Character development: the nuts & bolts of it - Page 3

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  1. #21
    Otto; don't feel bad if you have trouble with English. It is said to be the hardest language to learn, mainly because it is a hodgepodge made from half a dozen other languages. We stole half the language.

  2. #22
    I know Otto could benefit greatly from just deleting every adjective and adverb he sees to improve the readability of his work. I mean delete everyone of these. No one told me but having too many can lead to disjointedness in sentences and makes the sentence read bad outloud. Hemingway came up with it when he wrote the clean and simple sentences in his stories. Chris miller first gave me this advice, and it is the style aspect that storytellers who are not native speakers need to know. It makes it seem incorrect grammar when it is read outloud to yourself. I'd personally delete them all and add them at the end (leaving one or two).
    Last edited by Theglasshouse; August 27th, 2018 at 02:54 AM.
    I would follow as in believe in the words of good moral leaders. Rather than the beliefs of oneself.
    The most difficult thing for a writer to comprehend is to experience silence, so speak up. (quoted from a member)

  3. #23
    Member JJBuchholz's Avatar
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    Quote Originally Posted by Jack of all trades View Post
    Important things need to be told as early as possible.
    Agreed. Get it out of the way and let such important bits help set the tone of the story being told, rather than jamming it in when it's too late.

    Quote Originally Posted by Jack of all trades View Post
    I tend to go light on character descriptions. I like leaving most characters up to the reader to imagine as they see fit. It's the personalities that I spend time and words defining.
    I do the very same thing! I prefer having the reader concoct the story in their minds by using minimal descriptions, while going heavy on personality, mannerisms, and traits.

    -JJB
    ​"Strong convictions precede great actions....."

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  4. #24
    Quote Originally Posted by Ralph Rotten View Post
    Otto; don't feel bad if you have trouble with English. It is said to be the hardest language to learn, mainly because it is a hodgepodge made from half a dozen other languages. We stole half the language.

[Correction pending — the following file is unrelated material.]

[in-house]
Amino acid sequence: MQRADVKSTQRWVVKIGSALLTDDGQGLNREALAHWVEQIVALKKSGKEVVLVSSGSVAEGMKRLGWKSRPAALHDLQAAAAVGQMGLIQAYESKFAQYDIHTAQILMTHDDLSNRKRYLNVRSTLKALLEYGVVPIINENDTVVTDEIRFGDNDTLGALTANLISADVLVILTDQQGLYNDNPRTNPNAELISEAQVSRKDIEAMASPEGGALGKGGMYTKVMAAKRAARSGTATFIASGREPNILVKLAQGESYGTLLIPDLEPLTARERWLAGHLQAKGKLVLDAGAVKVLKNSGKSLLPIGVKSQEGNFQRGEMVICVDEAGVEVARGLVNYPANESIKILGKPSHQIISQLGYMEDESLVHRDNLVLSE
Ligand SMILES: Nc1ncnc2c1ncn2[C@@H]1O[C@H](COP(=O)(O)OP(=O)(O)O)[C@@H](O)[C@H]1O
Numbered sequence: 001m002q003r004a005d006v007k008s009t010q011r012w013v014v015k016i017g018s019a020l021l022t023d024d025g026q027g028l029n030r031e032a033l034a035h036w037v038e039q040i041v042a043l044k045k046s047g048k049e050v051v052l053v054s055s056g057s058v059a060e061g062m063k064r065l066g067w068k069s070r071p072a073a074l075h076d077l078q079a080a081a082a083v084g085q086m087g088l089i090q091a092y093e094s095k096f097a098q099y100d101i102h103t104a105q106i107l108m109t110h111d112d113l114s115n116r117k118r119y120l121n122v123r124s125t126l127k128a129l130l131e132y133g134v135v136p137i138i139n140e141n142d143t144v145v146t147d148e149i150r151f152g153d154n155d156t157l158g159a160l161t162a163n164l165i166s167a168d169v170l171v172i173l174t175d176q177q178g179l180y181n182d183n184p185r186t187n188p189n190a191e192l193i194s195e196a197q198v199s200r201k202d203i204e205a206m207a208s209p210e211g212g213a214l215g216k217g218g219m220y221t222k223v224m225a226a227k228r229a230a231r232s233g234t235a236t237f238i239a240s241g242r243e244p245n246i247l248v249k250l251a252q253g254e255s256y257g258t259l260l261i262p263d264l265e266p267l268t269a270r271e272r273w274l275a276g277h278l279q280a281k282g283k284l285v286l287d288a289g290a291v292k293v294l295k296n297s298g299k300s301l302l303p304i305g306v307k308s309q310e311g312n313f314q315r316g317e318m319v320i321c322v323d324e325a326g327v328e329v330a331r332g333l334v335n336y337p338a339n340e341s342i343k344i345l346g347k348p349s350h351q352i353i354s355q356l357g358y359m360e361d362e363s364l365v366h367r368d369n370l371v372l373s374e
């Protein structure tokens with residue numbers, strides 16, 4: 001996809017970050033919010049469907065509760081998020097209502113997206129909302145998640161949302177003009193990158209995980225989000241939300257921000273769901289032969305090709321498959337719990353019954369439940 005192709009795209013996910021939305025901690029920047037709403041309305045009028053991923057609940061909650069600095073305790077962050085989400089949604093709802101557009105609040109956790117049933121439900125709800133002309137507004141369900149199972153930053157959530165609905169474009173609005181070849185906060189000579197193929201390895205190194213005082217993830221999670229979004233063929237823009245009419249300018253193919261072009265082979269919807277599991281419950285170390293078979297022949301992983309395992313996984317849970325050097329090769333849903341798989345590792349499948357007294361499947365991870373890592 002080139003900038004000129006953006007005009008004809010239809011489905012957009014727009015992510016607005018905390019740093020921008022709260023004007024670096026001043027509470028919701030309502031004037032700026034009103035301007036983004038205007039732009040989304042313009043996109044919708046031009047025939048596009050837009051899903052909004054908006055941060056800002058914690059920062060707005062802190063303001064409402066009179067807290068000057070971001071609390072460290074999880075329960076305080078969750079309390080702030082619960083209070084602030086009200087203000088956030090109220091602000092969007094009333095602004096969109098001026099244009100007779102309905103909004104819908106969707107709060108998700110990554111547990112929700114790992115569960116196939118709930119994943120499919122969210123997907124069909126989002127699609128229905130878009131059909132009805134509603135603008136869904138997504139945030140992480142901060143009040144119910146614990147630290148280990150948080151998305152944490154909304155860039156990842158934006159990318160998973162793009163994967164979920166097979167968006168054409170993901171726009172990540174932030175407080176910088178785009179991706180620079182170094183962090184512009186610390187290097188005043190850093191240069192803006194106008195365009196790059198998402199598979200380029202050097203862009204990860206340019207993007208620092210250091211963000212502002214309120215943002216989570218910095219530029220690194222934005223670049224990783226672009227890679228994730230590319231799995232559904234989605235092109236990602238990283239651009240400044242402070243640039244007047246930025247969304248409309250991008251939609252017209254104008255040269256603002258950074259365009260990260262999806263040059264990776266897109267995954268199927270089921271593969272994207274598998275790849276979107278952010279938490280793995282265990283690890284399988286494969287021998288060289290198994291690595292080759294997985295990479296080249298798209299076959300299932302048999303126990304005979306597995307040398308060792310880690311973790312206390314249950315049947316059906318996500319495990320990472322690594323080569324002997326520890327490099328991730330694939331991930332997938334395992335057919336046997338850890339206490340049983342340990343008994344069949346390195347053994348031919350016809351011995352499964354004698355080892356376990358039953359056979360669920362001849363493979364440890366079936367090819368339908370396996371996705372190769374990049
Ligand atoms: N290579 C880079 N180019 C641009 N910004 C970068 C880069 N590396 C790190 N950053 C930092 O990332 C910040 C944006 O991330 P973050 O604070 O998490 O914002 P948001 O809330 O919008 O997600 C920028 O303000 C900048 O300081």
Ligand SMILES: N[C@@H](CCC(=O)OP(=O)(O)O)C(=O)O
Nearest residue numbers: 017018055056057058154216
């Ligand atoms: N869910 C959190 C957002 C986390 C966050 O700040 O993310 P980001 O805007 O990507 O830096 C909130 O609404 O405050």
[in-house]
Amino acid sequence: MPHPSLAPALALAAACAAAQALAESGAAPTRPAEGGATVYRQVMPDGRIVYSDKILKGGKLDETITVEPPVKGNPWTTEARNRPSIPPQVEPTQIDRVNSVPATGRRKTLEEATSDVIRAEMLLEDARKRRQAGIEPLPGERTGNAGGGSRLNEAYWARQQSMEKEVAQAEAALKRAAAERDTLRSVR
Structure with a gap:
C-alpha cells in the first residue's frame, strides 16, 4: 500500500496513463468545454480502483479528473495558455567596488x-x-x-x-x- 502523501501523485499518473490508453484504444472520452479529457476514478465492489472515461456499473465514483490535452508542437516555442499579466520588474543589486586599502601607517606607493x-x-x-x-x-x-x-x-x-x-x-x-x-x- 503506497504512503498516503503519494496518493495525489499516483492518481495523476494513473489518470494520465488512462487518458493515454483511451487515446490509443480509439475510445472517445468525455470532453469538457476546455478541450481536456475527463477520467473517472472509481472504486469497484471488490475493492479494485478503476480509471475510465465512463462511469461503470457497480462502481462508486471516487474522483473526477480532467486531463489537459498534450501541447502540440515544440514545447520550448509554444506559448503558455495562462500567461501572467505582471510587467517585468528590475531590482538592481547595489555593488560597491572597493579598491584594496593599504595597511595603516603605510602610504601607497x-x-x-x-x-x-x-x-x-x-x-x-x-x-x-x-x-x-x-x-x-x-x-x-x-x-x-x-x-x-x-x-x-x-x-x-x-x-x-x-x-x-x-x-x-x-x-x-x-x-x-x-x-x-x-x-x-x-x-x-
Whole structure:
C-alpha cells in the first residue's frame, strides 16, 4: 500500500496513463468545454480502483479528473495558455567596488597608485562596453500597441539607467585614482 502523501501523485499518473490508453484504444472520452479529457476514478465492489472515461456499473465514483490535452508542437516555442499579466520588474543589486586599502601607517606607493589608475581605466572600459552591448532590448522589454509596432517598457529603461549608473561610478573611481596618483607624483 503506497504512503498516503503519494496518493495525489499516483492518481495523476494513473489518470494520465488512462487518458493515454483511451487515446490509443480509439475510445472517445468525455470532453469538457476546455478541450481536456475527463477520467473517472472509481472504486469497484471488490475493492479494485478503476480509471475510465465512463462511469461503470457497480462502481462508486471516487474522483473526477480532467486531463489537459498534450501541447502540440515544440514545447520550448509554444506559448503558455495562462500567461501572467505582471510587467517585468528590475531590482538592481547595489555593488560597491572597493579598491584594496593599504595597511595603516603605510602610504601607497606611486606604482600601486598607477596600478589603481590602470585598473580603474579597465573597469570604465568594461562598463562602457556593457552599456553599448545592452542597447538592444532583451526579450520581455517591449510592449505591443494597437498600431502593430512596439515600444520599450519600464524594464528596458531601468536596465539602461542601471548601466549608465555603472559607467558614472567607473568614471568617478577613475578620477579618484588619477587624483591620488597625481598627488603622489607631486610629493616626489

Thanks, but I never felt bad about it. I am a quick learner and quite a stubborn one. I love languages and never stop learning them especialy as I have good books and a cup of a hot black tea!

  5. #25
    Quote Originally Posted by Theglasshouse View Post
    I know Otto could benefit greatly from just deleting every adjective and adverb he sees to improve the readability of his work. I mean delete everyone of these. No one told me but having too many can lead to disjointedness in sentences and makes the sentence read bad outloud. Hemingway came up with it when he wrote the clean and simple sentences in his stories. Chris miller first gave me this advice, and it is the style aspect that storytellers who are not native speakers need to know. It makes it seem incorrect grammar when it is read outloud to yourself. I'd personally delete them all and add them at the end (leaving one or two).
    I agree about it for 100%. So far I want to put away my works and have a good studying. After that I'd like to look with a fresh eye on my writing.
    P.S. I am a girl so you'd use "her" not "his"

  6. #26
    Quote Originally Posted by JJBuchholz View Post
    Agreed. Get it out of the way and let such important bits help set the tone of the story being told, rather than jamming it in when it's too late.



    I do the very same thing! I prefer having the reader concoct the story in their minds by using minimal descriptions, while going heavy on personality, mannerisms, and traits.

    -JJB
    Great minds think alike!

  7. #27
    Quote Originally Posted by Ralph Rotten View Post
    Back in the day I used to get a lotta rejections because even though I wrote a good story, I had zero character development. My problem was that I didn't even understand what character development was.
    I thought character development was spending a whole page describing a person from top to bottom, or awkwardly telling their whole back story like a noob. It took me a few years (and a lot of rejections) to finally understand what the #@$ I was doing.
    You act as though those are bad ways to develop a character, but then the entirety of the rest of your post is doing just that: "developing" a character by just dumping information on the reader. That's character introduction, not development. True character development doesn't happen on the first page; it happens throughout the story as characters react to and change from the events around them. The most basic example, of course, is the Hero's Journey, where a character starts out as one thing and returns as something else.

    Even if I have an idea of who my characters are when I begin writing, I learn about them and what's important to them as the story goes on. Whenever a catalyst occurs, I consider how the characters would respond to it, and how it affects them afterward. And that's the essence of character development: injecting conflict and putting your characters outside of their comfort zones. That's how we grow in real life; why should it be any different in a story?
    "Either write something worth reading or do something worth writing." - Benjamin Franklin

    "I do not over-intellectualize the production process. I try to keep it simple: Tell the damned story." - Tom Clancy

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